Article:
The Translation of the Meanings of Sahih Al Bukhari Arabic

10 thoughts on “The Translation of the Meanings of Sahih Al Bukhari Arabic English

  1. Wisnu Wisnu says:

    I leave with you two things which you will never be astray by holding them.. the Book of Allah, and the Life Tradition of the Messenger of Allah..

  2. Brian Reagan Brian Reagan says:

    you cant understand Islam without Sahih Bukhari

  3. A.J. Deus A.J. Deus says:

    Bukhari wrote at a time when the Shi'ites and Sunnis joined in rejecting the Abbasid leadership and abandoned the Gospel and the Torah (see The Great Leap-Fraud - Social Economics of Religious Terrorism for details). It must be read in that light. As had the Christians before them, the Muslims now rejected everything that the Jews and Christians had done previously. For everything they did, an alternative ritual and behavior had to be found in order to make sure that the Muslims could build their own distinct identity—their Jewish past was buried.

    From the Sunni point of view, Bukhari's traditions would be the most authentic of the thousands of sayings fathered upon Muhammad. For the modern reader, they are an impenetrable and repetitive maze of useless gibberish containing only the occasional hint of the intention and meaning of the sayings. Yet, when one views the writings as being under the impression of the ninth century, the Bukhari script turns into an invaluable fountain of information.

    The Islamic scholar Malik ibn Anas had provided the foundation for the writings of Bukhari, who completed his collection of Mohammad’s traditions between the year 864 and 870. He seems to have taken the extensive Shi’ite collections and pretended to confirm their authenticity. This must have been a difficult task, if not impossible. Bukhari attempted to ask great grandsons of direct witnesses about what may have happened two hundred years earlier. To be sure, we are not talking about historical events that changed the world, but nitty-gritty details very close to the daily struggle of ordinary people. Thus, the value of those traditions in their historicity is limited. Because no federal or provincial code of law had been established in either Damascus or Baghdad and no edicts had been issued by the caliphs, it seems that local authorities were referred to for case-by-case decisions within a moral framework, which must have been any combination of the Torah, the Zabur, the Gospel, and the Koran.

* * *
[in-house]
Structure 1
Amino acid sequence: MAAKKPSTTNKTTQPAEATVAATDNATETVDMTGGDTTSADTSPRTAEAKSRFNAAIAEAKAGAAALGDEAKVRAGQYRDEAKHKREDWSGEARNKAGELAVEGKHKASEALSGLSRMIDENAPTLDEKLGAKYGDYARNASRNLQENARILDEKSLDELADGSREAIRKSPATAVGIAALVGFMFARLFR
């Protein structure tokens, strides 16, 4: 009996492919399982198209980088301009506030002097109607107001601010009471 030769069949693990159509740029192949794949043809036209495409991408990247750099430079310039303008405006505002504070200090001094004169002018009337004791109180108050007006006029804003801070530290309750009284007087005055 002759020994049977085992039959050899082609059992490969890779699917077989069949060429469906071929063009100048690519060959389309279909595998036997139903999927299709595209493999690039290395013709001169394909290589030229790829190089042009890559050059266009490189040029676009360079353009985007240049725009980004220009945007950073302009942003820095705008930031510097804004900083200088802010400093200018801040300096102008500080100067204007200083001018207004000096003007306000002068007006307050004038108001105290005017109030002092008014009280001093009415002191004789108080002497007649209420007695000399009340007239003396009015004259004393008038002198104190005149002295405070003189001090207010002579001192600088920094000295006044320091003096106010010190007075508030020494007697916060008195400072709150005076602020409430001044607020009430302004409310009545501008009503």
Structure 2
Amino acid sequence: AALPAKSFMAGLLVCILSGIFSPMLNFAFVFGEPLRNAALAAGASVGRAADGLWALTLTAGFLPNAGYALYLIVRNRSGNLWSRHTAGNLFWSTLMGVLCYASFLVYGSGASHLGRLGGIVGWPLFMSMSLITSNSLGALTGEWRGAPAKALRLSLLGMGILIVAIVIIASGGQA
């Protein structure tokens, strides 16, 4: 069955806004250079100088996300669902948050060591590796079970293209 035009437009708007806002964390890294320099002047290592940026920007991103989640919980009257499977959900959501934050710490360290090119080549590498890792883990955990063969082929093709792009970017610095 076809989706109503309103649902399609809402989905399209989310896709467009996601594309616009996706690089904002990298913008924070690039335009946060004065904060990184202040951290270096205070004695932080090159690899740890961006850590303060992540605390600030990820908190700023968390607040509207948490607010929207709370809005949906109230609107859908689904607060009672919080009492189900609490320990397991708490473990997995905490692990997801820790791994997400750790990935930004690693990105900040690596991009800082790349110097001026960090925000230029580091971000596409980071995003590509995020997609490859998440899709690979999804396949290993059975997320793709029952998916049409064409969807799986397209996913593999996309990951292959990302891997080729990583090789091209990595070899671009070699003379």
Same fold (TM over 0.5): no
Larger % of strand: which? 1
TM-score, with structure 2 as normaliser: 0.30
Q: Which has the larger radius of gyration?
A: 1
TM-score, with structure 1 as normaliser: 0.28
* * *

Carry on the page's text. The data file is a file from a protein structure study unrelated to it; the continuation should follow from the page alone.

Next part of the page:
As for the gibberish, the text regulates everything from how to pray to how to spit.

    One of the interesting aspects in the study of Bukhari is his technique of suggestion. He leaves out details, emphasizes arguments differently, and buries critical passages in repetitious sayings and lengthy excurses to nowhere. He frequently withholds information about time and places, not disclosing whether the recounted occurred in a dream or reality, keeping important details close to the chest, misplacing quote marks, putting sayings in deliberate chronological disorder, and breaking sayings into pieces that make little sense in their fragments. It makes for such an extraordinarily hard read that it could not amount to a commoner’s bedtime lecture.

    Bukhari’s school of thought was that the Shi’ite recordings were inventions of the time and that Bukhari’s uniquely Ghassanid Sunni collection was the only correct one. The parts that stood the test of “authenticity” more than two hundred years after Muhammad’s death were, conveniently, those that fit Bukhari’s ideals. They were authenticated because he wanted them authenticated. The text is exhaustive and overwhelming—overwhelmingly ridiculous, that is.

    Unfortunately, for the student of Sunni Islam, no path can evade Bukhari.

    A.J. Deus, author of The Great Leap-Fraud - Social Economics of Religious Terrorism

  4. Mel Mel says:

    The choice to repeat hadiths seems to have been driven by the need to categorise the Hadith but it would have been more efficiently done by offering a category index and by only repeating a Hadith, where there was a significant difference of detail. The numbering system isn't very helpful, though in more recent versions a unique number is given to each Hadith making searching easier. (That is the reason for the three stars).